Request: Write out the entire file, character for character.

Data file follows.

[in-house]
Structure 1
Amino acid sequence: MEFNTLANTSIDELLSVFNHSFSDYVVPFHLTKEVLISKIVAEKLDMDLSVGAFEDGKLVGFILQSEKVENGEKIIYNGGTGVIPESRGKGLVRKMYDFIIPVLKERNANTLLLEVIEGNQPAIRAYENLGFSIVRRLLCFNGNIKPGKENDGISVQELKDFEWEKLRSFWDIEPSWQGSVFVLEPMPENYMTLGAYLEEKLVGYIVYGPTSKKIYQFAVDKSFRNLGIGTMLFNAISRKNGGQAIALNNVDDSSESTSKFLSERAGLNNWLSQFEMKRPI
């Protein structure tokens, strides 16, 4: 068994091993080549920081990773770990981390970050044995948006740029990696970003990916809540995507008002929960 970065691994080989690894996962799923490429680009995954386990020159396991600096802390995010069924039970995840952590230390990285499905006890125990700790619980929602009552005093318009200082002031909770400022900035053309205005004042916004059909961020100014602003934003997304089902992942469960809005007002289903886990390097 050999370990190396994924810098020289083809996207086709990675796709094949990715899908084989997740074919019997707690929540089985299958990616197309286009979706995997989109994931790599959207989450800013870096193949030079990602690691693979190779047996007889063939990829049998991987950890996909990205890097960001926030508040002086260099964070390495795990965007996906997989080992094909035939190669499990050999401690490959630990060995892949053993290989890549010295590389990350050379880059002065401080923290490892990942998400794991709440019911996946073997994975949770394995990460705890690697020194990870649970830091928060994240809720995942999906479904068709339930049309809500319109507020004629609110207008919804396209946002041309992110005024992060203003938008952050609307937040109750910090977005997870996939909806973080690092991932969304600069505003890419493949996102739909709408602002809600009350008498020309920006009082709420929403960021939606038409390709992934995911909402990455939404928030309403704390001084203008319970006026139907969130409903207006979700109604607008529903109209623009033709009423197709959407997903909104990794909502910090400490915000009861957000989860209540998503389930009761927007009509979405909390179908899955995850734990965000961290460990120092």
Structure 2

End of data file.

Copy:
[in-house]
Structure 1
Amino acid sequence: MEFNTLANTSIDELLSVFNHSFSDYVVPFHLTKEVLISKIVAEKLDMDLSVGAFEDGKLVGFILQSEKVENGEKIIYNGGTGVIPESRGKGLVRKMYDFIIPVLKERNANTLLLEVIEGNQPAIRAYENLGFSIVRRLLCFNGNIKPGKENDGISVQELKDFEWEKLRSFWDIEPSWQGSVFVLEPMPENYMTLGAYLEEKLVGYIVYGPTSKKIYQFAVDKSFRNLGIGTMLFNAISRKNGGQAIALNNVDDSSESTSKFLSERAGLNNWLSQFEMKRPI
């Protein structure tokens, strides 16, 4: 068994091993080549920081990773770990981390970050044995948006740029990696970003990916809540995507008002929960 970065691994080989690894996962799923490429680009995954386990020159396991600096802390995010069924039970995840952590230390990285499905006890125990700790619980929602009552005093318009200082002031909770400022900035053309205005004042916004059909961020100014602003934003997304089902992942469960809005007002289903886990390097 050999370990190396994924810098020289083809996207086709990675796709094949990715899908084989997740074919019997707690929540089985299958990616197309286009979706995997989109994931790599959207989450800013870096193949030079990602690691693979190779047996007889063939990829049998991987950890996909990205890097960001926030508040002086260099964070390495795990965007996906997989080992094909035939190669499990050999401690490959630990060995892949053993290989890549010295590389990350050379880059002065401080923290490892990942998400794991709440019911996946073997994975949770394995990460705890690697020194990870649970830091928060994240809720995942999906479904068709339930049309809500319109507020004629609110207008919804396209946002041309992110005024992060203003938008952050609307937040109750910090977005997870996939909806973080690092991932969304600069505003890419493949996102739909709408602002809600009350008498020309920006009082709420929403960021939606038409390709992934995911909402990455939404928030309403704390001084203008319970006026139907969130409903207006979700109604607008529903109209623009033709009423197709959407997903909104990794909502910090400490915000009861957000989860209540998503389930009761927007009509979405909390179908899955995850734990965000961290460990120092």
Structure 2